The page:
votes, for a net loss of 6 percentage points.
Blacks cast 10% of the 2000 votes. So Dubya`s
lack of appeal to blacks relative to the 1996
baseline cost him 0.60% of the national vote.



·       
Asian-Americans:
Dole (48%) and Perot (8%) combined to win 56% of the Asian vote. (By
the way, in 1992 Dubya`s Dad won 55% and Perot
15% of the Asians, for a Right-Center Asian
share of 70%.) How times have changed: Dubya
took only 41%. Since Asians accounted for 2% of
the total vote in 2000, Dubya`s 15 percentage
point loss relative to 1996 cost him 0.30% of
the total vote.



·       
Arabs
and/or Muslims:
Dubya
used some precious airtime during the second
Presidential debate to say he would ease
anti-terrorist policies that impact Arabs and
Muslims more than others. This delighted some of
the Arab-American and Muslim-American
leadership. Still, their endorsements didn`t do
him enough good to help him win Michigan, the
most Arab state in the country. And Michigan`s
Lebanese-American Sen. Spencer Abraham went down
in flames, so Dubya game him the Energy
Department. Let`s take a wild guess and say that
Dubya picked up 0.2% from these groups.



What does
it all add up to? I come up with Dubya losing
0.14% of the minority vote versus what he would
have gotten if he had run an old-fashioned
Republican campaign. Your guess may vary. But
I`m confident that it wouldn`t vary all that
much from my conclusion that – from the point of
view of winning minority votes – Dubya`s
multiculturalist campaign turned out to be a lot
of sound and fury signifying next to nothing.

Ultimately,
Dubya`s diversity strategy only makes sense as
an appeal to those whites (especially white
women) who want to be seen as racially
sensitive. In effect, the President is saying,
"Hey, I`m not a racist! Look at all these
minorities who voted for me! I got a majority of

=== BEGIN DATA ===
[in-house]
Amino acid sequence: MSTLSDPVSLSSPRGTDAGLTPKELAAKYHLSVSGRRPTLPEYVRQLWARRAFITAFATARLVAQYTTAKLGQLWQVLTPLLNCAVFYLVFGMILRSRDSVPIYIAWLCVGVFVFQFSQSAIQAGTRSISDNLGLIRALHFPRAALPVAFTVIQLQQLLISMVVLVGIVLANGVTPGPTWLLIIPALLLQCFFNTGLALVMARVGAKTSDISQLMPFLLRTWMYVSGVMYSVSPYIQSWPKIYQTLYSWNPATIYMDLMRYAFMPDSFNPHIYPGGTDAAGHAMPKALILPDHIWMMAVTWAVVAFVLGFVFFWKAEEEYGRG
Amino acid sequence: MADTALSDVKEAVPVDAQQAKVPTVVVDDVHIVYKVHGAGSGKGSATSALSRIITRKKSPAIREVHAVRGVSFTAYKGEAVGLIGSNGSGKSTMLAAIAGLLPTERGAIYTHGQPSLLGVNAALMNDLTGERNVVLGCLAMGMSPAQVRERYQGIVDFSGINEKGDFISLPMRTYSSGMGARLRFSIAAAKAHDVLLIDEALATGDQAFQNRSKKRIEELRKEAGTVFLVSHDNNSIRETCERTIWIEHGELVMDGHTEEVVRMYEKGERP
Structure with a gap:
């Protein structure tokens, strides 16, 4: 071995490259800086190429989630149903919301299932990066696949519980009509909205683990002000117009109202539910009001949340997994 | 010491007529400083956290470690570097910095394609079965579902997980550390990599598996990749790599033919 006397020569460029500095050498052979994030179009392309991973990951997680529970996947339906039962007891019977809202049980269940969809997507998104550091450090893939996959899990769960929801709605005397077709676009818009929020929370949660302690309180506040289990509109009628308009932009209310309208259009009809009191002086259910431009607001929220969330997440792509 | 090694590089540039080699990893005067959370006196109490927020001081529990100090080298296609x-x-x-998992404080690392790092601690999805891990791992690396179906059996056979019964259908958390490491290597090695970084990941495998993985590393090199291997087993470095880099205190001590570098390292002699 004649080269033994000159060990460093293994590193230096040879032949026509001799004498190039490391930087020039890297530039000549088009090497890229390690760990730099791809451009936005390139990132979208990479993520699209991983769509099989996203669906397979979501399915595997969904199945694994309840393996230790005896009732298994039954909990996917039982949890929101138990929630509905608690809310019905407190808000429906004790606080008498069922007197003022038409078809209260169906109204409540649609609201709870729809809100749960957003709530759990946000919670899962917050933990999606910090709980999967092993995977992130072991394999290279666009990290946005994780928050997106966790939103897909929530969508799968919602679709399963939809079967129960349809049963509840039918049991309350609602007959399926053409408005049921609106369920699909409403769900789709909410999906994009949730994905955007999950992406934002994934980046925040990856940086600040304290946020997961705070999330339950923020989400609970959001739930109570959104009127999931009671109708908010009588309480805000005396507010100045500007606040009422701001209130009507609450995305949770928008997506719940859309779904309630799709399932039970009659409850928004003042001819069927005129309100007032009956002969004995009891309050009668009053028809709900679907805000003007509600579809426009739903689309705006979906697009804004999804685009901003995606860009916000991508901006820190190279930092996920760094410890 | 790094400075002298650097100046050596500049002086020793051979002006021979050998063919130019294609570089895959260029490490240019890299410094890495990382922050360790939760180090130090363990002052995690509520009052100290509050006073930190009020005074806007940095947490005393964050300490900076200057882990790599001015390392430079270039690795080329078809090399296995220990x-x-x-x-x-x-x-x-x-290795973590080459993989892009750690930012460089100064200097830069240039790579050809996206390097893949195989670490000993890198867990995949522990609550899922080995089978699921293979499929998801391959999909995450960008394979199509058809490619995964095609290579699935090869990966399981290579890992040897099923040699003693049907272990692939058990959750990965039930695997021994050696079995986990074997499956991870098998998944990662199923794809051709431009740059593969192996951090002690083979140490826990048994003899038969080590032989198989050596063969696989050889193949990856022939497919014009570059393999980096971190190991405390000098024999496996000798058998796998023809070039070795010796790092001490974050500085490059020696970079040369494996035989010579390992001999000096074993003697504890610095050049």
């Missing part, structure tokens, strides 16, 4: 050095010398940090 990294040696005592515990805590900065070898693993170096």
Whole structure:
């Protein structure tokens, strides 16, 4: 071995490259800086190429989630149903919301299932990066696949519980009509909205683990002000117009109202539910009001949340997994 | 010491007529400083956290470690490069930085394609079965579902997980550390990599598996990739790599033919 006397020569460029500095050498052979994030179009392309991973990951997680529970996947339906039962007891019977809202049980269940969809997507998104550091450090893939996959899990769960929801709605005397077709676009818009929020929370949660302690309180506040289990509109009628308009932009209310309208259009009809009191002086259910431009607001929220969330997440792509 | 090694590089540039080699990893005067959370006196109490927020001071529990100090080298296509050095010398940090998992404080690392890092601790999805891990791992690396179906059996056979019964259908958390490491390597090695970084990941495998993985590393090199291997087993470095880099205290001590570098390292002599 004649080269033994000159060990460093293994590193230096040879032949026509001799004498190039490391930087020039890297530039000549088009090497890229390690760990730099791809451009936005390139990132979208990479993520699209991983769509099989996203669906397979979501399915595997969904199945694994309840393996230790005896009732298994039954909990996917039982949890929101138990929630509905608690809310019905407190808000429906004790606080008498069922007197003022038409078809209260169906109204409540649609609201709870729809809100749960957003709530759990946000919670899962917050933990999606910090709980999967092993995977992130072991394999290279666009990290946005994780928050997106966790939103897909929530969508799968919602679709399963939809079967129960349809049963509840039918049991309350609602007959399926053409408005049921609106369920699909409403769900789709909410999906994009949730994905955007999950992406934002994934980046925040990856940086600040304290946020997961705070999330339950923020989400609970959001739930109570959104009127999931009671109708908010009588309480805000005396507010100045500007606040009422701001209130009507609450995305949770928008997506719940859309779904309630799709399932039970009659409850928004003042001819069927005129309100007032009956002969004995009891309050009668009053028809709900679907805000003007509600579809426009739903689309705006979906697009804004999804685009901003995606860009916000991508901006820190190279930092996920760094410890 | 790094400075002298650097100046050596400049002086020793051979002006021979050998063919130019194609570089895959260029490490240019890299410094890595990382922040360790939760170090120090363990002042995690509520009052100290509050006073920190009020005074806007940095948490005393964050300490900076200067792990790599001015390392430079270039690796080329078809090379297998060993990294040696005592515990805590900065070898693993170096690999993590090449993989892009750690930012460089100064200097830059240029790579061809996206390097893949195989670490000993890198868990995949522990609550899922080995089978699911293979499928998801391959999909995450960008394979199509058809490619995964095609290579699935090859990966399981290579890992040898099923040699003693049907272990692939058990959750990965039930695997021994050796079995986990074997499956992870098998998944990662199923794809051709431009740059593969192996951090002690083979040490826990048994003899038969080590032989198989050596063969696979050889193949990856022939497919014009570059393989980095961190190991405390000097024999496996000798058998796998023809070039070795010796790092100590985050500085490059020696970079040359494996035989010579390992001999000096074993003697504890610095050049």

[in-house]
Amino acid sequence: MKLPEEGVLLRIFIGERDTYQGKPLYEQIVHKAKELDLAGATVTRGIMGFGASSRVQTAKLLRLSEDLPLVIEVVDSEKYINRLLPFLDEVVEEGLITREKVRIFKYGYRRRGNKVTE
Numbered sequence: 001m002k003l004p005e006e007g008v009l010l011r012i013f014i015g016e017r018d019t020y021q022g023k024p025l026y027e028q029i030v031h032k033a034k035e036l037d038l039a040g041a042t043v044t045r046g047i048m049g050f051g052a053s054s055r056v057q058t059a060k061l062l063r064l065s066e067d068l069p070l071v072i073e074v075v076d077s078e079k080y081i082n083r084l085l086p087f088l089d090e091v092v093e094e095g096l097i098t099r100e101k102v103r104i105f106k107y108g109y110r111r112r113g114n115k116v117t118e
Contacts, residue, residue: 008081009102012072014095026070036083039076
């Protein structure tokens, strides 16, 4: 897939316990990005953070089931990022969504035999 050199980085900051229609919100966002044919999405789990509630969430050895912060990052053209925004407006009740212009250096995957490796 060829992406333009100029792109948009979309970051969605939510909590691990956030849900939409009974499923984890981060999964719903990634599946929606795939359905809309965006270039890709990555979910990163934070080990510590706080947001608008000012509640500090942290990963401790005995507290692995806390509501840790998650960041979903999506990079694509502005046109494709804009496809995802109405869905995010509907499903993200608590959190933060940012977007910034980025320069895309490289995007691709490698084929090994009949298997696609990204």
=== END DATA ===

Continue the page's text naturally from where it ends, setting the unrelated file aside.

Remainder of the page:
Arabs and Muslims,
41% of Asians, 35% of Hispanics, and
… uh, 10% of blacks."



The
President`s problem is obvious. This list is the
reverse of what he needs to raise his stock
among these "nice" whites who want to
feel morally superior to not-nice whites.
Dubya`s emphasis on diversity just highlights
the facts that:



·       
The
black race, which, indeed, does have "the
greatest claim on the American conscience,"
despises him. Further, they show no evidence
that they will ever vote in substantial numbers
for the GOP. Nor can anyone think of a plausible
reason why it would be in their self-interest to
do so.

 

·       
East
Asians and mestizo Hispanics – who garner white
sympathy for being nonwhite, but also lose it
for often having chosen to come to America,
warts and all – dislike Dubya. Of these two, the
group that the GOP may have the best shot at
taking – East Asians – is increasingly treated
by the press as not a "real minority."


 

·       
Yet,
Caucasian immigrant Arabs and Muslims – who,
rightly or wrongly, are routinely stereotyped by
Hollywood as terrorists and hotheads – think Mr.
Bush is just fine.



Indeed,
it`s hard to think of a way the President
could make his ethnic strategy even more
unappealing – except possibly announcing that
the French love him even more than they love
Jerry Lewis.

 


[Steve Sailer [email
him] is founder of the Human Biodiversity Institute and


movie critic
for


The American Conservative
.
His website


www.iSteve.blogspot.com
features his daily
blog.]

January 29,
2001